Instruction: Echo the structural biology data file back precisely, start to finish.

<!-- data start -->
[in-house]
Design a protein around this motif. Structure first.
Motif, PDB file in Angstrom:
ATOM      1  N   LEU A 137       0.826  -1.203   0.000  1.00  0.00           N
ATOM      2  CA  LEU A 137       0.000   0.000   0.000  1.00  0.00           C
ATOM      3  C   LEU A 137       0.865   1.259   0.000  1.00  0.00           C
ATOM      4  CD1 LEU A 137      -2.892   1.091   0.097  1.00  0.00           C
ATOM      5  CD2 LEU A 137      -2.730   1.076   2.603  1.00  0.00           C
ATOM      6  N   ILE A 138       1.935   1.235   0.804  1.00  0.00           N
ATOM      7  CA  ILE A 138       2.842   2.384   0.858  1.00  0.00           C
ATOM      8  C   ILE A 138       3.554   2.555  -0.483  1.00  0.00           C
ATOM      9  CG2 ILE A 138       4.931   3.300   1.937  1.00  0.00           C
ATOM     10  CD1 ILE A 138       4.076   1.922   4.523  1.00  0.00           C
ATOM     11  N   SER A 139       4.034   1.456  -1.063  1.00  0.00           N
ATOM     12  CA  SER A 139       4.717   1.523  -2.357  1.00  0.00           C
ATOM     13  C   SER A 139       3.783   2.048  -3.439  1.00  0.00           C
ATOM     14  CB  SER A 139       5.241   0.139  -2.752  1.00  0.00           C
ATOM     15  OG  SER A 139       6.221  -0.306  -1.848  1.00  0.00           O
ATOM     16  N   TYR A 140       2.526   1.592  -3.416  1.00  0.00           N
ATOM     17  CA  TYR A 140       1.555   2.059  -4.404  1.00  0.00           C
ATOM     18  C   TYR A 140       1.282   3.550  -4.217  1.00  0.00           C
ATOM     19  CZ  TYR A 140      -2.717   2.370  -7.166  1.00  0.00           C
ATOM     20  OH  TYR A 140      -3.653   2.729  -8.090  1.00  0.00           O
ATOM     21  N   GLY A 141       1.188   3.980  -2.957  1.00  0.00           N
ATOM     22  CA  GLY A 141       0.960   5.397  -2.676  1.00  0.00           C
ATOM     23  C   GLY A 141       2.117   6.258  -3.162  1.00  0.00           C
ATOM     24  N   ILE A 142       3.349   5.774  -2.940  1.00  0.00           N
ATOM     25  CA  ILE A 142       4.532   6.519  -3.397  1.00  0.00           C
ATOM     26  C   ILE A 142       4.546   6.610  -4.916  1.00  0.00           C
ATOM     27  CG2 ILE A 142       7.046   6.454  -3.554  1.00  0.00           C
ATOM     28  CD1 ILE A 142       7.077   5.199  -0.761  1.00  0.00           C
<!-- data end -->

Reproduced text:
[in-house]
Design a protein around this motif. Structure first.
Motif, PDB file in Angstrom:
ATOM      1  N   LEU A 137       0.826  -1.203   0.000  1.00  0.00           N
ATOM      2  CA  LEU A 137       0.000   0.000   0.000  1.00  0.00           C
ATOM      3  C   LEU A 137       0.865   1.259   0.000  1.00  0.00           C
ATOM      4  CD1 LEU A 137      -2.892   1.091   0.097  1.00  0.00           C
ATOM      5  CD2 LEU A 137      -2.730   1.076   2.603  1.00  0.00           C
ATOM      6  N   ILE A 138       1.935   1.235   0.804  1.00  0.00           N
ATOM      7  CA  ILE A 138       2.842   2.384   0.858  1.00  0.00           C
ATOM      8  C   ILE A 138       3.554   2.555  -0.483  1.00  0.00           C
ATOM      9  CG2 ILE A 138       4.931   3.300   1.937  1.00  0.00           C
ATOM     10  CD1 ILE A 138       4.076   1.922   4.523  1.00  0.00           C
ATOM     11  N   SER A 139       4.034   1.456  -1.063  1.00  0.00           N
ATOM     12  CA  SER A 139       4.717   1.523  -2.357  1.00  0.00           C
ATOM     13  C   SER A 139       3.783   2.048  -3.439  1.00  0.00           C
ATOM     14  CB  SER A 139       5.241   0.139  -2.752  1.00  0.00           C
ATOM     15  OG  SER A 139       6.221  -0.306  -1.848  1.00  0.00           O
ATOM     16  N   TYR A 140       2.526   1.592  -3.416  1.00  0.00           N
ATOM     17  CA  TYR A 140       1.555   2.059  -4.404  1.00  0.00           C
ATOM     18  C   TYR A 140       1.282   3.550  -4.217  1.00  0.00           C
ATOM     19  CZ  TYR A 140      -2.717   2.370  -7.166  1.00  0.00           C
ATOM     20  OH  TYR A 140      -3.653   2.729  -8.090  1.00  0.00           O
ATOM     21  N   GLY A 141       1.188   3.980  -2.957  1.00  0.00           N
ATOM     22  CA  GLY A 141       0.960   5.397  -2.676  1.00  0.00           C
ATOM     23  C   GLY A 141       2.117   6.258  -3.162  1.00  0.00           C
ATOM     24  N   ILE A 142       3.349   5.774  -2.940  1.00  0.00           N
ATOM     25  CA  ILE A 142       4.532   6.519  -3.397  1.00  0.00           C
ATOM     26  C   ILE A 142       4.546   6.610  -4.916  1.00  0.00           C
ATOM     27  CG2 ILE A 142       7.046   6.454  -3.554  1.00  0.00           C
ATOM     28  CD1 ILE A 142       7.077   5.199  -0.761  1.00  0.00           C